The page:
This post is a continuation of an ongoing story between Aely and Arrens called Dark Summonings. You should read Dark Summonings, Into the Nether, and Into the Nether part 2, Hillsbrad, and Into the Nether part 3 (many of which are hosted over at Arrens’ blog) before you read this!
As the summoning’s visual disruptions faded, Arrens found himself standing in the middle of his study in Stormwind, a huge summoning circle burned into the carpet. Peering back at him, two faces: Yva Darrows, wearing an expression of clinical curiosity mixed with smug, feline satisfaction and … Aely? She cracked half a trembling smile at him, her hands white-knuckled from gripping the back of a chair.
He felt the blood drain from his face. I’m having visions. This is another vision. What is Yva doing here? How can Aely be… Arrens’ knees sagged, and he found himself supported by very familiar arms.
“‘S a’right, Love, ‘s a’right. I’ve got ye.”
Arrens looked over his shoulder and into her eyes. Her red braid swung around her shoulder.
He smiled softly and lapsed out of consciousness.
Aely let Light flow through her hands, running them carefully over the unconscious warlock.
“He’ll be all right, I suppose.” Yva sat slumped on the couch, half wrapped in one of the blankets from Aely’s makeshift bed.
“Yeh. He’s go’ a handful ay burns – one’s bad – all ‘is ribs oan one side are brused, an’… mayhap a cracked cheekbone. ‘m nervy t’ heal him too much, I dinna wan’ t’ cause some kind ay backlash.” She let some Light flow into him, slowly at first, and some of the color came back into his skin.
Satisfied that he was not about to keel over dead, she stood up and began quickly packing up her things.
“Should you travel? He’s all . . . broken.” Yva flitted her fingers in Arrens’ direction, a frown pinching at the corners of her mouth. “I didn’t summon him out so he can go and die on you NOW. I’d be rather put out.”
Aely stopped stuffing blankets in a bag long enough to shoot Yva a look, incredulity plastered all over her face.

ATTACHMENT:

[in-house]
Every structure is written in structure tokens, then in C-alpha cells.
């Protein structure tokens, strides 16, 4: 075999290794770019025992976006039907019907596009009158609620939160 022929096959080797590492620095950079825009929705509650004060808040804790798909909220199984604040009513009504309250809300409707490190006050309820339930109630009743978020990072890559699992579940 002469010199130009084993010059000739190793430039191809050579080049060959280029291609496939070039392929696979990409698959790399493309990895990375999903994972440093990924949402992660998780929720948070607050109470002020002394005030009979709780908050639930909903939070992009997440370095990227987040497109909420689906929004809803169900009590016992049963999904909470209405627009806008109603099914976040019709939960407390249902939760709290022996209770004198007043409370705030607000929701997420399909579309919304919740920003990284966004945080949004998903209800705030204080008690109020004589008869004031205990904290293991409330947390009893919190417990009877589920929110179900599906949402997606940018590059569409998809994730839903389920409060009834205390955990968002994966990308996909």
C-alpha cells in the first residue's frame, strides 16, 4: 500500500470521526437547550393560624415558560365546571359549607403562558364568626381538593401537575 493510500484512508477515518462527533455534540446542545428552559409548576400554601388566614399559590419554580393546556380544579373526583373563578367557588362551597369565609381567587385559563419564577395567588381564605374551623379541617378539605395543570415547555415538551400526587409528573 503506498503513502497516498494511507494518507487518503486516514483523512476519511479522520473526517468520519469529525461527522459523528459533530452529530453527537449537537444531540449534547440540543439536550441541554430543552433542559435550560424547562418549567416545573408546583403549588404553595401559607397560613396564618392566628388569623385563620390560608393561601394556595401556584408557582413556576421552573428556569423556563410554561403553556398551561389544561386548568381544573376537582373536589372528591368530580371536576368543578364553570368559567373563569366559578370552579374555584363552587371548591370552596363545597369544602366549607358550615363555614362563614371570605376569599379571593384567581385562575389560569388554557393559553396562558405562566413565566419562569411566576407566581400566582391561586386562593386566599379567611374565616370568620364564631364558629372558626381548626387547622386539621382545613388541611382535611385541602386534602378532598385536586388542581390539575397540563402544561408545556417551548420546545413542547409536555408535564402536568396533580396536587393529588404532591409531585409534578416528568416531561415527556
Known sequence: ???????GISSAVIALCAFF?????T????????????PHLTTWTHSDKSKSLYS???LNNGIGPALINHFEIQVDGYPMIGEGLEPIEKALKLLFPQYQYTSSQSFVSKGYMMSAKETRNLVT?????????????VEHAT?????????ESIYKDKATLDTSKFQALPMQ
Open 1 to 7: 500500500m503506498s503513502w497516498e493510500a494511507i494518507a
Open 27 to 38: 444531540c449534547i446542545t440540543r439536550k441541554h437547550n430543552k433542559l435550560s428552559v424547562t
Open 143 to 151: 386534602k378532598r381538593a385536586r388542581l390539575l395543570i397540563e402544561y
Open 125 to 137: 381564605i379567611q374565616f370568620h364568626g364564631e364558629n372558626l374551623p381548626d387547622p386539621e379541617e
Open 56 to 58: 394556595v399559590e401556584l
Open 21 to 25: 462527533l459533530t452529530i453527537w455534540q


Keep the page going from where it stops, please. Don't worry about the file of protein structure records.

Yva just stared back. “All right, all right. You’d be put out too.”
“If I thought he’d die oan th’ trip, I’d no’ be makin’ it. ‘m pretty sure he’ll do alright – likely t’ sleep th’ whole way. Figure I’ll take him to th’ farm in Hillsbrad. With th’ riots an’ all th’ mess wi’ Sevens, I dinna trust th’ city, an’ I dinna want th’ University disturbin’ him f’r a few days. Folk willna look f’r either ay us there. It’s a short trip by ship. I’ve got th’ barn set up t’ live in, an’ it’s warm an’ dry. An’ quiet.” She folded up another quilt and stacked it next to her bags.
“Ah. Well, I suppose you have it under control. Though how you plan to get him from the harbor in Southshore up to that farm, I’ll never know. If you’d like I could head up there with Jak and summon you both wi . . . ” Yva stopped herself, eyes skimming over Arrens’ form. “Nevermind. Summoning might be a bit of a sore subject for the nonce.”
Aely snickered involuntarily, stuffing a couple of shirts and a warm cloak into another pack. “Yeh… prob’ly no’ a wise idea. ‘sides – that very well might do ‘im in. My charger c’n carry two easily enough, an’ I’ve ridden farther wi’ folk in worse shape before. He’s no’ bleedin’, an’ no fever yet. Jus’ hope th’ weather holds.” She looked down at the small pile of belongings, and then at Arrens, lying prone on the floor.
“Yva … I…” Rather without warning she scooped the smaller woman up into a hug. “Thank ye. I dinna ken how t’ repay ye this, but I will.”
“Mmmf. You’re bloody well crushing me, woman!” Yva pulled back to smile up at her, awkwardly patting her shoulder. “You don’t owe me a damned thing. Caltrains might, though. Whatever I come up with won’t be too awful, I promise.” Her grin was enormous.
Aely booked a passage on a ship bound for Southshore without much trouble. The weather had been strangely clear for February, and with the Love Fool festival around, even the ship captains were in unusually good spirits. The Sister Evelyn wasn’t a particularly large vessel, but she was equipped to carry passengers, and made the run between Stormwind and Southshore frequently. Captain Robert Sealy happily welcomed a paladin on board, particularly since Aely promised to take a look at any injuries or illnesses sustained by the crew on their short voyage.
Josef, Captain Sealy’s son and cabin boy, helped her carry Arrens down to their leased room.
Nestled just below deck, two tiny portholes offered both light and fresh air in what would otherwise have been a dark cave of a room. Aely made up a bed on the floor, shoving a few of the thin bunk-mattresses together and covering them in the quilts she’d brought. With Josef’s help she settled Arrens down gently; he barely stirred, but his skin was warm and he didn’t seem feverish or pale.
“Thank ye, lad. I’ll need yir help likely t’ get him abovedeck when we arrive. An’ I’ll pay ye fir yir time, dinna ye fash. If ye wouldna mind, take a look in fir my charger, Maera?”
“As you will, ma’am.” Josef nodded and shut the door as he left.
Aely opened up both of the little round windows, letting the breeze and the late afternoon sunshine stream in. After a few moments she pulled one of her bags open, found a strip of woven bandages, and started to tend to the burns on Arrens’ hands and arm, humming softly to herself and speaking to him.
“Ligh’ but I hope ye dinna get seasick, Love, air this’ll be a long night.”
He mumbled softly, wincing a little as she cleaned the deep burn on his arm.